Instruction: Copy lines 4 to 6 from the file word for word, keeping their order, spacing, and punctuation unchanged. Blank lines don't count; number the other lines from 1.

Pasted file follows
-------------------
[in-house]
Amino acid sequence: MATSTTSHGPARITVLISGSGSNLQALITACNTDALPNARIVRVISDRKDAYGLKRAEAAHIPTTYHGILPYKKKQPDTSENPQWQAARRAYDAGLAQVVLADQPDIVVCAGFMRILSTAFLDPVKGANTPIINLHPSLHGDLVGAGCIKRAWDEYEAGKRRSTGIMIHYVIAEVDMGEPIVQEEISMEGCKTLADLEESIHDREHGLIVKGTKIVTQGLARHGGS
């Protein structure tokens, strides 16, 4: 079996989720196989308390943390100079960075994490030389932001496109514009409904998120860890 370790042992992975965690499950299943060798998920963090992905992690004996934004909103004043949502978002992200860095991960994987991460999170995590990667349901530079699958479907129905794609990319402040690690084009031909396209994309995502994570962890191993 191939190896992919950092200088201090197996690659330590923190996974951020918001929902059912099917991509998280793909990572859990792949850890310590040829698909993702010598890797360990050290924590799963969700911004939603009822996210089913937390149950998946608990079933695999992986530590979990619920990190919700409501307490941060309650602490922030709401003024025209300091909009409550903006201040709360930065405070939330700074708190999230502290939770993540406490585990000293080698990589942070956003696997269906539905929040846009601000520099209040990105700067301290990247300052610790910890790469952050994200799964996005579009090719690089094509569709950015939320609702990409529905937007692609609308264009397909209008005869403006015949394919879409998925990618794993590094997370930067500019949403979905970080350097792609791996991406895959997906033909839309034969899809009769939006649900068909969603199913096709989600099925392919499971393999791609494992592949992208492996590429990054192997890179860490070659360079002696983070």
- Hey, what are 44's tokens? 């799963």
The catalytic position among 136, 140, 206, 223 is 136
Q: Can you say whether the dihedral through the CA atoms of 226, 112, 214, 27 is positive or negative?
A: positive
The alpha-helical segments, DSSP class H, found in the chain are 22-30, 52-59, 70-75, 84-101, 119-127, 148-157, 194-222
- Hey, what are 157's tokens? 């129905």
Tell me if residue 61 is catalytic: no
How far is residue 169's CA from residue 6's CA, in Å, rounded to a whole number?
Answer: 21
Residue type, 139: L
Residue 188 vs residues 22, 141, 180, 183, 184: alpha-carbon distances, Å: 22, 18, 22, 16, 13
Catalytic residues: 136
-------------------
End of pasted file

- Hey, what are 44's tokens? 């799963």
The catalytic position among 136, 140, 206, 223 is 136
Q: Can you say whether the dihedral through the CA atoms of 226, 112, 214, 27 is positive or negative?